Sometimes the fact that I am extremely late in getting to books and have a TBR pile that is out of control works to my advantage. Many times I read reviews months (and sometimes more than a year) before I actually get around to reading a book - no matter how good it may be or how much I am looking forward to it. Since so much time passes between me reading reviews and me actually reading a book, I have had plenty of time to forget what a book may be about. Of course I could read the inside flap to refresh my memory, and sometimes I do that, but sometimes I just dive right in to the book and enjoy being surprised.
Surprised I was with Tangled by Carolyn Mackler because I knew absolutely nothing about this book before I started it yesterday, except that I had been wanting to read it for quite a while. The first portion of the book is narrated by Jena, a girl I felt I could relate to. She doesn't feel as pretty as her mother's friend's daughter, Skye, and the two are forced to room together on a week long vacation they take with their moms. The two don't do any real bonding, and when Skye hooks up with Dakota, a guy Jena had an interest (and very short-lived romance with) in, they have even less to do with each other.
Dakota narrates the second portion of this book which was helpful since I had not liked him at all during Jena's story. His narration does make him more likeable since I could see where Dakota was coming from. At the time of the trip Dakota had just suffered the loss of his girlfriend who was killed in a car accident. He eventually finds out that this girlfriend was planning on breaking up with him and was in the car with another highschool boy, leaving him to question why the two of them were together.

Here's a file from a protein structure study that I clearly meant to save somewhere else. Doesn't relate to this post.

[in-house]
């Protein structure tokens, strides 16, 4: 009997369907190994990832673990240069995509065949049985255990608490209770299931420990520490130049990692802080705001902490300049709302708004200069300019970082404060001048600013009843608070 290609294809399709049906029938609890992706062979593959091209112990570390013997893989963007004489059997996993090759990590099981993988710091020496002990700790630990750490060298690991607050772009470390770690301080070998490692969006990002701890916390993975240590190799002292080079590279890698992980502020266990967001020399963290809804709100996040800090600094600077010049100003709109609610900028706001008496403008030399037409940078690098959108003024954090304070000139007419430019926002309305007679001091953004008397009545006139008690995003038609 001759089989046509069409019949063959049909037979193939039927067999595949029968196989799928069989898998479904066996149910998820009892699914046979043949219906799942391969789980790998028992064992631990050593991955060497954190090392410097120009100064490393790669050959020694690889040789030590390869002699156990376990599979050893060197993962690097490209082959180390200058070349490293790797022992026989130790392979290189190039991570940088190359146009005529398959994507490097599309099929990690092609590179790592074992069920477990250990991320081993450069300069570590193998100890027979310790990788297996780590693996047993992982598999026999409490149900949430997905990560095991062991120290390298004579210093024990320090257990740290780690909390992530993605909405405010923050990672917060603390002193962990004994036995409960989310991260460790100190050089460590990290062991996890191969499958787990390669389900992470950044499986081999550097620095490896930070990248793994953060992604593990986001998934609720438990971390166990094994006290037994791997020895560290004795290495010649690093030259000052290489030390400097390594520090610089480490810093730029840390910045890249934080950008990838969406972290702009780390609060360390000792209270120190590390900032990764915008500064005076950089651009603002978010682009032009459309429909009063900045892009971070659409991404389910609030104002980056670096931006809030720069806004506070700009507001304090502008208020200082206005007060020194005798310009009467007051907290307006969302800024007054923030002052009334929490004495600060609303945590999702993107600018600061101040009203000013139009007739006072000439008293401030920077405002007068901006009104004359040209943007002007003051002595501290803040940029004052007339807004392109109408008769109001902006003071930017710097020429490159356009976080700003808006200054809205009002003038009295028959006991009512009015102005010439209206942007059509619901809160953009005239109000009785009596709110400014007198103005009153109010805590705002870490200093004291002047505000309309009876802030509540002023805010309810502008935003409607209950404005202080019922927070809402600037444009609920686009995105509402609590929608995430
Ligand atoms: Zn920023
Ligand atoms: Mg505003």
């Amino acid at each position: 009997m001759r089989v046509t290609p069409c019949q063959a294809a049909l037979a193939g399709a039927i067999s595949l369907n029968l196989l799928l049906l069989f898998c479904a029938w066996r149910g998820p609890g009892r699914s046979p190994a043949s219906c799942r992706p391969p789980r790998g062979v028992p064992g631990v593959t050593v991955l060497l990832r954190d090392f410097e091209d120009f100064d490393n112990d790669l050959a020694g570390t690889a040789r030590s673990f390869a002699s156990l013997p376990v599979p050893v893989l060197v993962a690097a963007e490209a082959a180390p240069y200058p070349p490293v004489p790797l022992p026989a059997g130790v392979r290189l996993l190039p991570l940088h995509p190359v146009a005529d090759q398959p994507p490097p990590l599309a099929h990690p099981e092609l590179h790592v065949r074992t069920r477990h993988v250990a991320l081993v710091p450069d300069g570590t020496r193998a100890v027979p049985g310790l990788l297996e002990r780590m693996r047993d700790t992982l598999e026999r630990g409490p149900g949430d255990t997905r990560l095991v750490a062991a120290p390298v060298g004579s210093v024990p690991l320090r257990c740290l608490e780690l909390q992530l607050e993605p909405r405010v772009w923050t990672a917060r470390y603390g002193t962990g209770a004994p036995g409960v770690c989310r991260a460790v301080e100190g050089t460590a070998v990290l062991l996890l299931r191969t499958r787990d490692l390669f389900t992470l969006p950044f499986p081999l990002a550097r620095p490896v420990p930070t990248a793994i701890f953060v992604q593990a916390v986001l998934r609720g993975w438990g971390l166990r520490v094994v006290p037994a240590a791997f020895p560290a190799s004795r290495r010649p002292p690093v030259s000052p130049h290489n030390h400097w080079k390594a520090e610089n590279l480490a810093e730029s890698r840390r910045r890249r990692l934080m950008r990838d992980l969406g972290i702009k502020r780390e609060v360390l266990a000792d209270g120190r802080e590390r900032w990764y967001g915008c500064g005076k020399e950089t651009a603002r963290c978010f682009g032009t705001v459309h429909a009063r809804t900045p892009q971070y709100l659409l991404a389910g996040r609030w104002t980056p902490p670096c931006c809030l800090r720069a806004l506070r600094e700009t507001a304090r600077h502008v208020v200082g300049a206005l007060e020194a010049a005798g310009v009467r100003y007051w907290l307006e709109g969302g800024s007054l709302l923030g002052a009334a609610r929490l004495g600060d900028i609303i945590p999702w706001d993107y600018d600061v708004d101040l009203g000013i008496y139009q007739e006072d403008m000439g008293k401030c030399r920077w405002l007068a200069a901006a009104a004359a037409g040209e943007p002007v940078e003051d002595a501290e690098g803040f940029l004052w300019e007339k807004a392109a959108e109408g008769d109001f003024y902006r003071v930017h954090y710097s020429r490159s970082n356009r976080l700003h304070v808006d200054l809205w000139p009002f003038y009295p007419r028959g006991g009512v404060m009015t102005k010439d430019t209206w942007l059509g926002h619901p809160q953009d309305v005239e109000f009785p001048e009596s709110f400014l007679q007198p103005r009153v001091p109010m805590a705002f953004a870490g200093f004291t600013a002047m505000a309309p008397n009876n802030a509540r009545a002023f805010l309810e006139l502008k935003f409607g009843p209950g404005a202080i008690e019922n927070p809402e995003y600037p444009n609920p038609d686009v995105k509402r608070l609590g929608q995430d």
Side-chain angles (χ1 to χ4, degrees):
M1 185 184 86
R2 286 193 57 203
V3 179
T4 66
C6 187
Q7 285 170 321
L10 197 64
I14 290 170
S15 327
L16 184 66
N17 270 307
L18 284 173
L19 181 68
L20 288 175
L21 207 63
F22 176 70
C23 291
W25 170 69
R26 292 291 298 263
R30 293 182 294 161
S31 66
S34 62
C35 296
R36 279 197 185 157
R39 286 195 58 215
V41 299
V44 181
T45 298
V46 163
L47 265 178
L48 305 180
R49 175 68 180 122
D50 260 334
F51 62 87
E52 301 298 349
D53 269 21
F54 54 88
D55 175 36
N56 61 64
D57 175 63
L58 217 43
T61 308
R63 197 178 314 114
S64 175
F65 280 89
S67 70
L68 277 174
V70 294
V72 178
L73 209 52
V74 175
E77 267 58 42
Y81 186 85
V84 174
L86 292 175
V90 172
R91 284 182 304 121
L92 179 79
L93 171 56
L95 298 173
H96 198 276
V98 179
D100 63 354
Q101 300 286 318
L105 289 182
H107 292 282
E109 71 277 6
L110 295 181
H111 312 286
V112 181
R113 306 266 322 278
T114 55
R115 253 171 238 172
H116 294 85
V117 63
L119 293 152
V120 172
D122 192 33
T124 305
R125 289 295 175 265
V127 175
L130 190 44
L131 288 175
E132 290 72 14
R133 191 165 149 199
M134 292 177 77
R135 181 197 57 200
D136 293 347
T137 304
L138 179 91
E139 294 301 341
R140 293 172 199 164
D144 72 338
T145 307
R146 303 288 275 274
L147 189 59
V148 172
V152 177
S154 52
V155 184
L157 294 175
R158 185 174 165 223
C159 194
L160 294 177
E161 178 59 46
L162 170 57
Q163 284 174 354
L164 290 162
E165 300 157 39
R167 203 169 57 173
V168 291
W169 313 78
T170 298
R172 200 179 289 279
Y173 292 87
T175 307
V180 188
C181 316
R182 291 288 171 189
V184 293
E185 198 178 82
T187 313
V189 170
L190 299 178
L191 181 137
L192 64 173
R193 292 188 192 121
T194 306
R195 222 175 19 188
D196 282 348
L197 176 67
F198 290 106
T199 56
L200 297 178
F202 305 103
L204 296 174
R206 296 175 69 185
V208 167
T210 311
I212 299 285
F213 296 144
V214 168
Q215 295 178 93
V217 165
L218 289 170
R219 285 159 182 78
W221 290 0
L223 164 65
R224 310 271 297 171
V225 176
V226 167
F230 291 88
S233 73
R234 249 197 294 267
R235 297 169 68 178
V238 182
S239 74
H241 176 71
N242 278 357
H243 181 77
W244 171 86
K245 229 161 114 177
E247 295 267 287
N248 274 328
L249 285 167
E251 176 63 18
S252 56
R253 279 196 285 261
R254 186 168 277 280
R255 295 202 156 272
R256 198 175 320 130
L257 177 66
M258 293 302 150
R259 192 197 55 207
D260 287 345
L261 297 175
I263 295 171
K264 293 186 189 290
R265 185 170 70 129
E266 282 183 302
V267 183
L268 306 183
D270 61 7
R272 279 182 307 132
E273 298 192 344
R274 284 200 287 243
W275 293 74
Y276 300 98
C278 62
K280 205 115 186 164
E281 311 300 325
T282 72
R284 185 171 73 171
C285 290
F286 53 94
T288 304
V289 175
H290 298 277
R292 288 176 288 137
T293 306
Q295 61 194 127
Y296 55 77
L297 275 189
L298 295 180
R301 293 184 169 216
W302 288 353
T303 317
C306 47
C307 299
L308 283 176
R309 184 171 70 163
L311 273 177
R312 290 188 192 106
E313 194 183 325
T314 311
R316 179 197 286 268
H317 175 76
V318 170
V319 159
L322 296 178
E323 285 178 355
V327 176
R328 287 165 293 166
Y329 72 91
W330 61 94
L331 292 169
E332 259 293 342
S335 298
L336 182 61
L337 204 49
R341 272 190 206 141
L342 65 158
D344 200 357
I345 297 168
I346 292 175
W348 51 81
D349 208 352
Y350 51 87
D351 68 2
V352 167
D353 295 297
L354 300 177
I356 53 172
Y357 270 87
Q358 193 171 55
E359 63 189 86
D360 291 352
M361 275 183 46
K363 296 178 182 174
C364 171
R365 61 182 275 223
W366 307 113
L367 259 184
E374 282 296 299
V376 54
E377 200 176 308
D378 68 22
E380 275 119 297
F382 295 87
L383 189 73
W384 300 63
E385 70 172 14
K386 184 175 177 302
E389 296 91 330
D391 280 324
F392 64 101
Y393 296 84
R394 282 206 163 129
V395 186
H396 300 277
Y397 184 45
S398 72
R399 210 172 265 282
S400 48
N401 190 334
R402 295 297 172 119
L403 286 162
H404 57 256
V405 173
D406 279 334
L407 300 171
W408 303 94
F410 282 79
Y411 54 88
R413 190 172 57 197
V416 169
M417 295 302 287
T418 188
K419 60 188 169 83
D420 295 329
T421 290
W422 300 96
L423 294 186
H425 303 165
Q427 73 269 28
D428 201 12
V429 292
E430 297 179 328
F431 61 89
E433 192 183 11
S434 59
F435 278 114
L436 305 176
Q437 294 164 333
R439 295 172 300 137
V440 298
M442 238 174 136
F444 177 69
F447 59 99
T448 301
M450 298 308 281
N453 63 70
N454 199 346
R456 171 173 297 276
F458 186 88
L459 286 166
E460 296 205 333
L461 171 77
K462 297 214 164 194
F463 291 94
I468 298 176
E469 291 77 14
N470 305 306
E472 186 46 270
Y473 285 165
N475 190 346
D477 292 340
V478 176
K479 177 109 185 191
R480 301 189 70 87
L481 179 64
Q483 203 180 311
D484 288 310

Skye narrates the third portion where it becomes obvious that the drop dead beauty doesn't really have it all and is just as confused as every other teenager. She is also dealing with the issue of never knowing her biological father, who died in a motorcycle accident before she was born, and who her mother never wants to talk about.
The final portion is narrated by Owen, Dakota's younger brother. Owen is the total opposite of his muscular, athletic older brother, preferring to spend his time online than doing anything physical. Because Owen has always lived with his mother and Dakota with his father after their parents' divorce, the two boys have never really spent a lot of time together. Owen finally has a chance at a relationship - for once living in the real world instead of online.
Because I really had not remembered anything about Tangled, I was not expecting the different narrations, but enjoyed hearing each characters' story. These four teenagers end up tangled up in each other's lives in ways they would never have predicted prior to their meeting each other. Each section ends with readers not knowing for certain how things are resolved until it is revealed during the next person's narration, something that kept me wanting to finish this book in one sitting.
Mackler has written other young adult novels: The Earth, My Butt and Other Big Round Things, Guyaholic, and Vegan Virgin Valentine, all of which I have yet to read and am looking forward to.